A response to Michael Harriot’s “Whatever Happened to Black Lives Matter?”
What ever happened to Black Lives Matter? That was the question framed in a The Root article that had me itching to get done with work-related work and on to a more interesting read about a topic that I felt I knew the answer.
I was so sure of the answer that I already knew the article would share my sentiment, and early into reading it, it did. Michael Harriot acknowledges how big the movement became and demands that it not be “reduced to a simple hashtag.” He witnessed its widespread popularity, and lack thereof. So did I. Black Lives Matter awakened a realization that divisiveness in our country is still heavily penetrated on a color line that fairer people will quickly say does not exist. We hear their responses every time we proclaim that black lives matter.
“Ya’ll are always playing the race card.”
“He must have been a threat to the police.”
“Why does everything have to be about race?”
“But we have a black president.” #WeMissYouObama
I remember seeing social media posts that sought to explain why black lives matter and how that one phrase did not mean that no other lives matter. Example: “All lives matter is like I go to the Dr. for a broken arm & he says ‘all bones matter;’ okay but right now lets take care of this broken one.”
I am still annoyed that it is a concept that has to be explained — or that we are conditioned to believe needs to be explained. Let’s be real. We are not crazy. It takes no Einstein to understand what Black Lives Matter means. People who do not like our brown skin just want to give us a hard time, but this is nothing new.
Harriot’s initial suggestions of why Black Lives Matter seemingly disappeared make sense to me. It very well could be that the push back from the other side was successful at distracting us with alternative facts that aligned with personal political agendas. Or perhaps, it could be that Black Lives Matter became synonymous with violence to anyone who pretended not to understand the movement. Or, it could even be that politicians killed it — a claim that Harriot backs up with facts about proposed legislation that I did not know about prior to reading his article. (Yes, I need to do better)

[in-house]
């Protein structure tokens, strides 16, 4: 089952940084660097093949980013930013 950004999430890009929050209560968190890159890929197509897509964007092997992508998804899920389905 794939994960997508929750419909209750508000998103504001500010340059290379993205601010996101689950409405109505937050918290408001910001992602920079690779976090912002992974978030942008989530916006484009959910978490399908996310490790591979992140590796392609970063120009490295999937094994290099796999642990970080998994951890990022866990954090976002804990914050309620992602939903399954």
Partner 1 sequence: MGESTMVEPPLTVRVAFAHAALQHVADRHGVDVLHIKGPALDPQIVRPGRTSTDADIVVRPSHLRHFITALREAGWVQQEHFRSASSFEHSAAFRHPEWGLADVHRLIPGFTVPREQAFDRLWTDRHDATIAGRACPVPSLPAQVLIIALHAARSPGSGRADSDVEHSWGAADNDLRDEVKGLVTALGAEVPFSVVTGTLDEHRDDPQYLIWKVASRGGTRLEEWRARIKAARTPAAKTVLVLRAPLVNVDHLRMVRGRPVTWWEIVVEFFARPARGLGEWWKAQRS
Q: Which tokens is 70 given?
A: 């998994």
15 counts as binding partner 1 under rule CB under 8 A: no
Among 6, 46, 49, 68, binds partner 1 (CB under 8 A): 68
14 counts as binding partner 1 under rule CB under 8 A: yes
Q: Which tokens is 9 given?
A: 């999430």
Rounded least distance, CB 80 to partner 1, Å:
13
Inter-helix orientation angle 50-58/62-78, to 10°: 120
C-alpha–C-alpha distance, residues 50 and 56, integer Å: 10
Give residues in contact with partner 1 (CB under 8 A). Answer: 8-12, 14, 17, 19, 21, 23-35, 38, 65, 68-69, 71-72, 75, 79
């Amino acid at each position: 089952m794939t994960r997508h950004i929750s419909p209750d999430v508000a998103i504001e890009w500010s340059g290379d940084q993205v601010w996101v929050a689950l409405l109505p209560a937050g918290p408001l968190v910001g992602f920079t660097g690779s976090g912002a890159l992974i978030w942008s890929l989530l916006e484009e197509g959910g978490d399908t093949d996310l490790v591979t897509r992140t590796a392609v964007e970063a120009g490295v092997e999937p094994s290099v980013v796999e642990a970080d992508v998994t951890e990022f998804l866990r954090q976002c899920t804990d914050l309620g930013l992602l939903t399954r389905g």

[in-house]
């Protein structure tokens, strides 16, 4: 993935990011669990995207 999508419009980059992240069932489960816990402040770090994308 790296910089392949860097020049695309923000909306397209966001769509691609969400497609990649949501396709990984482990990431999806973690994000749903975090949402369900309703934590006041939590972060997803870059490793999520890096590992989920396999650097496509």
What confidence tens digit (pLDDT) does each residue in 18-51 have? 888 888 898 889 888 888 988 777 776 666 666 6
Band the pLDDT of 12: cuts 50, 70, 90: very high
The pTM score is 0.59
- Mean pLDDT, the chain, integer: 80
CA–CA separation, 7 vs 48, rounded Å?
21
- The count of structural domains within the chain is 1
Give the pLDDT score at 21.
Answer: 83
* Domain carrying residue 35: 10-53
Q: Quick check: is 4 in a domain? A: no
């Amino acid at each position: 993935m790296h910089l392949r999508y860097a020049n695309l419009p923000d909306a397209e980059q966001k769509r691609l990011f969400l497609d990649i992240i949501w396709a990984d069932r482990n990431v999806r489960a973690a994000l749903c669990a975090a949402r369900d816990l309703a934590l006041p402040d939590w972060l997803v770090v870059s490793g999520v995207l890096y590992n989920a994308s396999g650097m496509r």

To blame the disappearance solely on those things; however, would be to say that Black Lives Matter was just a hashtag, because it implies that the movement was not strong enough or regarded as serious enough to sustain the adversity that it would face.
So what the heck is then? What happened to Black Lives Matter? Well, Harriot blames “us.” He says that we became so outraged by other issues that we forgot about the ones that specifically matter to us. Well, Mr. Harriot, respectfully, I agree but I also disagree. I do not believe that we have forgotten about us, and though more quiet than it recently has been, Black Lives Matter has not disappeared. I still have friends who want to make people aware that black lives matter, but right now, we are doing something that is not uncommon of black people. As you alluded, we are placing more significance on other people’s fights, and placing ours on the backburner.
It happened during wars, where black military risked their lives to fight for a country that treats them like shit. It happened when we “stood with Paris” after their terrorist attack, and even when we were out marching for women the day after the inauguration of a man that white women helped to put in office. But this is not a bad thing. I think the issue stems from something much more than a neglect to fight for our rights once it seems they have become played out or once we have snapped the photo or tweeted the hashtag.
I’ll go ahead and say it. Black people empathize with everyone’s plight, but when it comes to our plight, for the most part, we all we got. The fact that we feel inclined to explain what Black Lives Matter means is proof enough. Black Lives Matter seems to have disappeared because Black Lives Matter is a group of people that truly acts in solidarity with everyone. Isn’t that funny? Black Lives Matter believes that All Lives Matter, even though that concept was coined to discredit our black lives. Right now, there are Muslim lives, women’s lives, LGBTQ lives and a host of other lives that “need” our help in their fight. Too bad we can’t get the same momentum from the other lives when it is time for our fight. So I guess the question shouldn’t be, what ever happened to Black Lives Matter? But instead, when will everyone else believe that black lives matter too?